After some people looted stores, set fires and vandalized the Treasury building on Saturday and Sunday evenings, Mr. Barr expanded the area controlled by federal officers beyond the border of the park, and he took control of the surrounding streets with checkpoints and roadblocks.

City officials objected to the move, and when federal officers pulled back from those streets on Thursday morning, the Metropolitan Police Chief, Peter Newsham, claimed a modest success for frustrated residents. Mr. Barr, in a news conference on Thursday, seemed to suggest that he had made the decision on his own.

“I felt that we could afford to collapse the perimeter and eliminate some of the checkpoints,” he said. “I think that we have seen the sharp reduction in violent episodes.”

If that calm continues, there will inevitably be another fight over what prompted it. Federal officials say their overwhelming force has made a difference. District officials say it is peaceful protesters — there were few arrests in the city on Tuesday and none Wednesday — who have prevented the convergence of so many law enforcement agencies from turning dangerous.

“The people saved us from this confusion,” said Eleanor Holmes Norton, who represents the District but has no voting power in Congress.

Karl Racine, the Washington attorney general, objected to any appearance in Mr. Barr’s comments on Thursday that the District was on board with the deployment of federal officers to the city’s streets. “That simply is not the case,” Mr. Racine said.

“What the White House doesn’t want people to see is the multigenerational, multiracial, multiethnic, multigeographic, overwhelmingly peaceful nature of these protests,” Mr. Racine said. “This isn’t a few protests. This is a movement that believes justice should be for all; that policing should be fair and not disproportionately harsher for some.”

Mr. Racine said he contacted the dozen-plus states that had been asked to send national guard forces to the District, and that none of them could recall that the Trump administration cited any legal basis for the request. The D.C. National Guard has been in the city, too, the only force the mayor has requested. But under home rule, she didn’t have the power to deploy them herself; only the president can do that.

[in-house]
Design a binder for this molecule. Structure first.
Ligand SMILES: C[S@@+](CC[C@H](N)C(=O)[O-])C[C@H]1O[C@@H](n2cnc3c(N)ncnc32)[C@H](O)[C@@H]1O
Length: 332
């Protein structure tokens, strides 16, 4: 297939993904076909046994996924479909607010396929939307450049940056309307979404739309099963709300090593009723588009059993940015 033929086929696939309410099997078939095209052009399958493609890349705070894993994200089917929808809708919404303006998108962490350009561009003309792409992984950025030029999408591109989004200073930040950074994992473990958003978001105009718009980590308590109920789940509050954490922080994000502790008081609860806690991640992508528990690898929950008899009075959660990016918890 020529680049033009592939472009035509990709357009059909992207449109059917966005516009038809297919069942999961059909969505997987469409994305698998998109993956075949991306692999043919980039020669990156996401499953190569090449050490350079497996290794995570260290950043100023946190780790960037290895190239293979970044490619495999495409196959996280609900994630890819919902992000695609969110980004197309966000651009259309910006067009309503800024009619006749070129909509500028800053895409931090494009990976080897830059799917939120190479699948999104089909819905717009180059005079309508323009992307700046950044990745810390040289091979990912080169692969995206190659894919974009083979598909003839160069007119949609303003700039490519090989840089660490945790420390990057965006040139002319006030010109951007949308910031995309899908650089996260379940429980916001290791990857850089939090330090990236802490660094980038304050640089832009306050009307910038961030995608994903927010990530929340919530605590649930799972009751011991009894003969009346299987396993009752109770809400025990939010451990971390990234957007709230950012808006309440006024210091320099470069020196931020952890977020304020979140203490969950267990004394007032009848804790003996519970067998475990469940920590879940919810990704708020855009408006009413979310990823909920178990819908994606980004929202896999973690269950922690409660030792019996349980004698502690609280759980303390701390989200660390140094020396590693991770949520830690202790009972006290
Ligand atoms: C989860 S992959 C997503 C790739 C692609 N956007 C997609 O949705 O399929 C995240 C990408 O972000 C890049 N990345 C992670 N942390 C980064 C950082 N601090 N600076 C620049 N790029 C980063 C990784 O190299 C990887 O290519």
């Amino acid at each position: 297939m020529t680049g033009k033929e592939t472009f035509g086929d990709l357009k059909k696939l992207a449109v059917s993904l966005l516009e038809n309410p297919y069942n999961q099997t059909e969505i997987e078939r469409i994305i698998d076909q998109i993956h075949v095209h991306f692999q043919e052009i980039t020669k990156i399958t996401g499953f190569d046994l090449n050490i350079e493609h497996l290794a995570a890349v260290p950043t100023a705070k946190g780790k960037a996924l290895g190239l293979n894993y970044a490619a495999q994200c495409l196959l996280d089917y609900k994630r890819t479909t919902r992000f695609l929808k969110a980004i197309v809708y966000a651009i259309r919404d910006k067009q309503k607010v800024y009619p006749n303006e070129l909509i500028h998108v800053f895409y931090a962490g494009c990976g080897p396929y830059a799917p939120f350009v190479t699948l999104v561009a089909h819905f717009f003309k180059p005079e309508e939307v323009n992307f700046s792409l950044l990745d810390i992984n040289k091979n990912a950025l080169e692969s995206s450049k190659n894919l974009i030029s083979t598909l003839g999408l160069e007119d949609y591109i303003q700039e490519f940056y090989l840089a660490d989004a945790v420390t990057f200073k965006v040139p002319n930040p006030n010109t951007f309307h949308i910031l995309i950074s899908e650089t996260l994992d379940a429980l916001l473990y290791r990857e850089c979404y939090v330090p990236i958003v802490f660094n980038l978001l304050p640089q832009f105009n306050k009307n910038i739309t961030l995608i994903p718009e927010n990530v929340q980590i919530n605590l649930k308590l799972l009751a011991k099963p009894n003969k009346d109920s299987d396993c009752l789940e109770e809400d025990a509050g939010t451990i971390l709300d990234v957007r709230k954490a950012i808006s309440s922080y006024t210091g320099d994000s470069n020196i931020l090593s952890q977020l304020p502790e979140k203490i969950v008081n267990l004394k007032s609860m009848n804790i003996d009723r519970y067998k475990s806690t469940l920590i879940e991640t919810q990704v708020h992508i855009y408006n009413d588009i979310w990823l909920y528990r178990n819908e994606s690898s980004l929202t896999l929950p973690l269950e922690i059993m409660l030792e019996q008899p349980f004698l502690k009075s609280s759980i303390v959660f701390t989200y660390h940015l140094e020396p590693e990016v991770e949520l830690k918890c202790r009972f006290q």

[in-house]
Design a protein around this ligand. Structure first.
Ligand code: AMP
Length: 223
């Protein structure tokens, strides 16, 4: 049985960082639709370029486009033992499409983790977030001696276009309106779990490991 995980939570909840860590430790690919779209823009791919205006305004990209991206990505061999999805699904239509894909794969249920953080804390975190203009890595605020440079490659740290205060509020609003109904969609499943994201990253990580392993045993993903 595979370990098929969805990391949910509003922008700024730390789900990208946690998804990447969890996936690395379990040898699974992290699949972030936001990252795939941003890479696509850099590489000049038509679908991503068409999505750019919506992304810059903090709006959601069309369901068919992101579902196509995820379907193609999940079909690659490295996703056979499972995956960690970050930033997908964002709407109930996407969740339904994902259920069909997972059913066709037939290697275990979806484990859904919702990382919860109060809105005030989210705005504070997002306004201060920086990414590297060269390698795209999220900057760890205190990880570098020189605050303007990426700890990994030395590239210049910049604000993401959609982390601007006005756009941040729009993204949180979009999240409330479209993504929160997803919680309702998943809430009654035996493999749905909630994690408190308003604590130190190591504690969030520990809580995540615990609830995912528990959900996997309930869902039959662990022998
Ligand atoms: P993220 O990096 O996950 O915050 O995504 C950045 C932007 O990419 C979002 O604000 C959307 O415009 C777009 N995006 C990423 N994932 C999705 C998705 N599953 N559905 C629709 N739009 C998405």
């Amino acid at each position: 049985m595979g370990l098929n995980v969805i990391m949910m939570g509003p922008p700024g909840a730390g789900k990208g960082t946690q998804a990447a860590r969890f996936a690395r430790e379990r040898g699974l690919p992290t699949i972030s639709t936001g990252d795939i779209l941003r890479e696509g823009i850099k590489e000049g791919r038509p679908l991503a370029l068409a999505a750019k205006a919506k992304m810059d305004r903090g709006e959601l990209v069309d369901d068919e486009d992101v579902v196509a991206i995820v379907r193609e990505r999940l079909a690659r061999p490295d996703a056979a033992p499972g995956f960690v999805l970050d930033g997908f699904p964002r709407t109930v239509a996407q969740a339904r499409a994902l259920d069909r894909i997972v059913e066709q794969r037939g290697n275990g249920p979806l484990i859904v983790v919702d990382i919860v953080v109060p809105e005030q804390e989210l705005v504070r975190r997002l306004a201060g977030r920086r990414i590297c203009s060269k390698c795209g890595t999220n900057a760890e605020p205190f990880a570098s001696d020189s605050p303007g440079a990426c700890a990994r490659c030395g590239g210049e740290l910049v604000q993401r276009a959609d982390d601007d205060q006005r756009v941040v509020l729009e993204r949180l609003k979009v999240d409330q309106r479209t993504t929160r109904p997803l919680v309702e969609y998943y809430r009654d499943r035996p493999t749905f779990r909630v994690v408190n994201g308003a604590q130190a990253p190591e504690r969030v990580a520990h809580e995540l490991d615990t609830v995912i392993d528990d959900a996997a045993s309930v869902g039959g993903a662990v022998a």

Mr. Racine said in a letter to Mr. Barr, Defense Secretary Mark Esper and Mr. Trump’s chief of staff, Mark Meadows, that he was reviewing the legality of the federal government’s decision to ask out-of-state national guardsmen and federal law enforcement entities, including the Bureau of Prisons, to police Washington’s streets.

“We are seeking information regarding the legal authority for these entities’ presence in the District and their actions,” Mr. Racine wrote.

“Specifically, do they have authority to make arrests and, if so, for what offenses and in what geographical boundaries?”

It has been hard this week to separate questions like who is telling which officers what to do from the ultimate question of statehood.

“It’s impossible to look at it any other way,” said Garry Young, a political scientist at George Washington University who has followed home rule fights in the city. “It’s utterly unlike if this was going on in a different city.”

Near Lafayette Park on Wednesday, when city streets were still blocked by rows of officers wielding riot shields, protesters were furious at the incursion into streets and parks that they believed belonged to them and where the protests have been peaceful.

“Every day it’s a further perimeter, it’s a stronger presence, it’s a higher-ranked agency,” said Kris Pritchard, 37, a District resident. “And people are sick of it.”

His fiancé, Bernard Farley, recalled when it was possible to stroll at night down to the White House, through Lafayette Square.

“Usually it feels special to live here,” he said. “Now it feels like we’ve been invaded in our own spaces.”


Katie Rogers contributed reporting.